Indonesian police arrest transgender beauticians, citing Islamic law

Indonesian police arrest transgender beauticians, citing Islamic law
Discrimination against LGBT members is common across Indonesia, but particularly severe in the autonomous Aceh province.
1 min read
29 January, 2018
A group of conservative Muslims march against the LGBT community in Banda Aceh [Getty]

Indonesian police on Sunday forcibly cut the hair of a group of transgender women, forced them to wear male clothes and told them to speak in a masculine voice as part of a general crackdown on the country’s LGBT community, according to AFP.

Police in the conservative Aceh province raided several beauty salons and rounded up a dozen transgender employees following reports they had teased a group of boys.

“Their [transgenders] numbers are growing here – I don’t want that,” said Ahmad Untung Surianata, the local police chief.

Police accused the beauty salon employees of violating the province’s religious laws – the employees will be held for several days, followed by a five-day “training regimen" and “morals teaching," authorities added.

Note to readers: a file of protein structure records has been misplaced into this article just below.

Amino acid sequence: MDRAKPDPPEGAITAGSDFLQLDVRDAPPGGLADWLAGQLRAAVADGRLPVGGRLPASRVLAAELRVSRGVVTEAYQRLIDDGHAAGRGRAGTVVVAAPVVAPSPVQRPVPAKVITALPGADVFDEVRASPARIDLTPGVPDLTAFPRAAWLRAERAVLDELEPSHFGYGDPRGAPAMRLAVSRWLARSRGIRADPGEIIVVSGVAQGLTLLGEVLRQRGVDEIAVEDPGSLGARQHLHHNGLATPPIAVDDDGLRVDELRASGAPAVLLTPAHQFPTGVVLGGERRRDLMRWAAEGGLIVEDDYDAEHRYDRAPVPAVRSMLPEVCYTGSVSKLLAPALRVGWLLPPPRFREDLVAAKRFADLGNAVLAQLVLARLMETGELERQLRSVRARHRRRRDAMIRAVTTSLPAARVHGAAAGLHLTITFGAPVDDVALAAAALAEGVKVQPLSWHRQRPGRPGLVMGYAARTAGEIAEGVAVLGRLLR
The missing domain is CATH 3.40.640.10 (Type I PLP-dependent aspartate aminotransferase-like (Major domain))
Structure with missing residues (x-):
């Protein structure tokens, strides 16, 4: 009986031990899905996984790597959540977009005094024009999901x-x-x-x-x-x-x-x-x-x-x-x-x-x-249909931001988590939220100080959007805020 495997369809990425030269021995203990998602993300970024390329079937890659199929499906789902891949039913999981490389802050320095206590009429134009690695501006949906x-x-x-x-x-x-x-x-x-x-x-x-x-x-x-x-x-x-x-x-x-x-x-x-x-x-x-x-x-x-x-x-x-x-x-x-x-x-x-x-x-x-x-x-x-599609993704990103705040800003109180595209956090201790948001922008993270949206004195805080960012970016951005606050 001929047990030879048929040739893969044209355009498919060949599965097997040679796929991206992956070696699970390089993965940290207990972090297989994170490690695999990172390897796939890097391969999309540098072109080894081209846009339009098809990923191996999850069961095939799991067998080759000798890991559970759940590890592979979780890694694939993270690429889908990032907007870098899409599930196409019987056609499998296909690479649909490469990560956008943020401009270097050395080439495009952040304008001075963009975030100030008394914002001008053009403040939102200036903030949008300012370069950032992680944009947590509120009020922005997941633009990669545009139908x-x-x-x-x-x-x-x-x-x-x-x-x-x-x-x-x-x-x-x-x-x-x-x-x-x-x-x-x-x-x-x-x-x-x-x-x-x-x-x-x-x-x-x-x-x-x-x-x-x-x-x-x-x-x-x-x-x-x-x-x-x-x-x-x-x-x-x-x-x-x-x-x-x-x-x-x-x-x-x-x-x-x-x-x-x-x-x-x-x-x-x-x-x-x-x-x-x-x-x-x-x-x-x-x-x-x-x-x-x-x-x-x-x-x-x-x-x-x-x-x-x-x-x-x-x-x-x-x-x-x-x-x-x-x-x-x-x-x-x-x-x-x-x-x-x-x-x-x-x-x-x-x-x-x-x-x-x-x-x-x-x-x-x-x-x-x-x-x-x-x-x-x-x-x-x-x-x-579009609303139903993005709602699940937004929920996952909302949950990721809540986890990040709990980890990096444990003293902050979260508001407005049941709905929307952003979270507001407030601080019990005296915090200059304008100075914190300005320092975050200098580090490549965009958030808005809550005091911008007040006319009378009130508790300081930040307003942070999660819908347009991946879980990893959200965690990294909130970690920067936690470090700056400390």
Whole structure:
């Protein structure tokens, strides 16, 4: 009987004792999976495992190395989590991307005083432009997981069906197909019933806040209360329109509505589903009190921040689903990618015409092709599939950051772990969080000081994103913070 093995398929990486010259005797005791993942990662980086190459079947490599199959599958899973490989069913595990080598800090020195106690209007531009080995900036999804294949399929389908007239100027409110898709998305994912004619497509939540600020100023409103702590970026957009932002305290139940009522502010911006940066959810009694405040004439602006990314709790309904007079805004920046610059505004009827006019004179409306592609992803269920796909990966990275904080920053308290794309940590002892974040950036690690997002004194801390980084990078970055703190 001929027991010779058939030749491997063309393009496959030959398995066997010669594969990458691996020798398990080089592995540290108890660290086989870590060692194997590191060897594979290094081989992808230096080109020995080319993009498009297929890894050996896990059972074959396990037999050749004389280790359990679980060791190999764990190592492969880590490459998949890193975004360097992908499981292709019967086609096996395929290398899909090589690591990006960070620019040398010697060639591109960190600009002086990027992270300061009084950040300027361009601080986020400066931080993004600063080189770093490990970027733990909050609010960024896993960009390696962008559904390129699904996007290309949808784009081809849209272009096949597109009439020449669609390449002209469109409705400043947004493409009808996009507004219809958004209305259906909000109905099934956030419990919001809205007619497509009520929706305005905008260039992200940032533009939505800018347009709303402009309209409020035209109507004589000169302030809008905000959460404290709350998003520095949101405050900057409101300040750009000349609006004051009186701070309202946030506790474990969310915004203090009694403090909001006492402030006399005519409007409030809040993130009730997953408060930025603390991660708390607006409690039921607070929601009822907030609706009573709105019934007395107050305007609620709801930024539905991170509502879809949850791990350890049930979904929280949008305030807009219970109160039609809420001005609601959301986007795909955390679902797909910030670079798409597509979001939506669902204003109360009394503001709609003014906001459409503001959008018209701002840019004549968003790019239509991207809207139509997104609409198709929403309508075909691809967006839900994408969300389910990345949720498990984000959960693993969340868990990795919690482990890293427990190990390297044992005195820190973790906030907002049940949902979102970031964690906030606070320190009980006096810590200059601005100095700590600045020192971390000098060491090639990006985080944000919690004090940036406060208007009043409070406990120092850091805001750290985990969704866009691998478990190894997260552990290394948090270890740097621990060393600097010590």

Aceh, which is located on Sumatra island, has been ruled by conservative Islamic law since being granted special autonomy in 2001 – an attempt by Indonesia’s central government to stifle a long-running separatist insurgency.

Unlike the rest of Indonesia, homosexuality remains illegal in Aceh.

Yet officials have been using the country's strict anti-pornography laws in a recent string of raids against Indonesia's LGBT community.

In December, a petition to ban all sex outside of marriage, effectively criminalizing homosexuality, was narrowly defeated by Indonesia's Constitutional Court.